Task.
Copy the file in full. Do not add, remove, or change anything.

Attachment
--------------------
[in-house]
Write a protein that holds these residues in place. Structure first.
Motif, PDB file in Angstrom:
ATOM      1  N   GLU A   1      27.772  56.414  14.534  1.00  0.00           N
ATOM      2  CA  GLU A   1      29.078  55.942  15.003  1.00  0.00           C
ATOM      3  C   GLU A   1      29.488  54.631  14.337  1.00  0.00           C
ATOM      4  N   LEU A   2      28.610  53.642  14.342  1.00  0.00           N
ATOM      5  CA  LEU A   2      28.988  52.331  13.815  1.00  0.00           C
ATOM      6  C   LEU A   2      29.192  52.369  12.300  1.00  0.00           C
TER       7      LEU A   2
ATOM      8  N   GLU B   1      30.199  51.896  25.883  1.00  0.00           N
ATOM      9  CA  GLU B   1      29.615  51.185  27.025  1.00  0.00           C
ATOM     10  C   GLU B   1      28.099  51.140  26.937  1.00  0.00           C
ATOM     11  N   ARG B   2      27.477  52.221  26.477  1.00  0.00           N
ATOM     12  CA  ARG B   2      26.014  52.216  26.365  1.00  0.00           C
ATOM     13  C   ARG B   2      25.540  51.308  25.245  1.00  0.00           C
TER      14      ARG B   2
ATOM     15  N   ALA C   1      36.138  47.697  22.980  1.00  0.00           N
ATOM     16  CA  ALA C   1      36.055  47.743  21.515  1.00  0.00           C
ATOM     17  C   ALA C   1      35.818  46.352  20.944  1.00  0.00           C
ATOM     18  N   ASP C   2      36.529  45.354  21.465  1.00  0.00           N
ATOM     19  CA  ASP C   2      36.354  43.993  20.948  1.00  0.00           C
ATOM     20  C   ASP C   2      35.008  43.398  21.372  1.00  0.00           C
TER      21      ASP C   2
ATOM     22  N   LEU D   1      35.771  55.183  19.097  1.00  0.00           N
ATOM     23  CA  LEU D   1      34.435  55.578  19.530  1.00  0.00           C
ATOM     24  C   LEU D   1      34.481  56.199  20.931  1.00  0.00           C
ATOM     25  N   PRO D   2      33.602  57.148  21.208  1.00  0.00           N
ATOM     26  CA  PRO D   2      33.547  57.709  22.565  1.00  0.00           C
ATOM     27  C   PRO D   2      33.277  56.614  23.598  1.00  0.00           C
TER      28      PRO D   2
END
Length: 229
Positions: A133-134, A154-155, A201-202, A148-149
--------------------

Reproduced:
[in-house]
Write a protein that holds these residues in place. Structure first.
Motif, PDB file in Angstrom:
ATOM      1  N   GLU A   1      27.772  56.414  14.534  1.00  0.00           N
ATOM      2  CA  GLU A   1      29.078  55.942  15.003  1.00  0.00           C
ATOM      3  C   GLU A   1      29.488  54.631  14.337  1.00  0.00           C
ATOM      4  N   LEU A   2      28.610  53.642  14.342  1.00  0.00           N
ATOM      5  CA  LEU A   2      28.988  52.331  13.815  1.00  0.00           C
ATOM      6  C   LEU A   2      29.192  52.369  12.300  1.00  0.00           C
TER       7      LEU A   2
ATOM      8  N   GLU B   1      30.199  51.896  25.883  1.00  0.00           N
ATOM      9  CA  GLU B   1      29.615  51.185  27.025  1.00  0.00           C
ATOM     10  C   GLU B   1      28.099  51.140  26.937  1.00  0.00           C
ATOM     11  N   ARG B   2      27.477  52.221  26.477  1.00  0.00           N
ATOM     12  CA  ARG B   2      26.014  52.216  26.365  1.00  0.00           C
ATOM     13  C   ARG B   2      25.540  51.308  25.245  1.00  0.00           C
TER      14      ARG B   2
ATOM     15  N   ALA C   1      36.138  47.697  22.980  1.00  0.00           N
ATOM     16  CA  ALA C   1      36.055  47.743  21.515  1.00  0.00           C
ATOM     17  C   ALA C   1      35.818  46.352  20.944  1.00  0.00           C
ATOM     18  N   ASP C   2      36.529  45.354  21.465  1.00  0.00           N
ATOM     19  CA  ASP C   2      36.354  43.993  20.948  1.00  0.00           C
ATOM     20  C   ASP C   2      35.008  43.398  21.372  1.00  0.00           C
TER      21      ASP C   2
ATOM     22  N   LEU D   1      35.771  55.183  19.097  1.00  0.00           N
ATOM     23  CA  LEU D   1      34.435  55.578  19.530  1.00  0.00           C
ATOM     24  C   LEU D   1      34.481  56.199  20.931  1.00  0.00           C
ATOM     25  N   PRO D   2      33.602  57.148  21.208  1.00  0.00           N
ATOM     26  CA  PRO D   2      33.547  57.709  22.565  1.00  0.00           C
ATOM     27  C   PRO D   2      33.277  56.614  23.598  1.00  0.00           C
TER      28      PRO D   2
END
Length: 229
Positions: A133-134, A154-155, A201-202, A148-149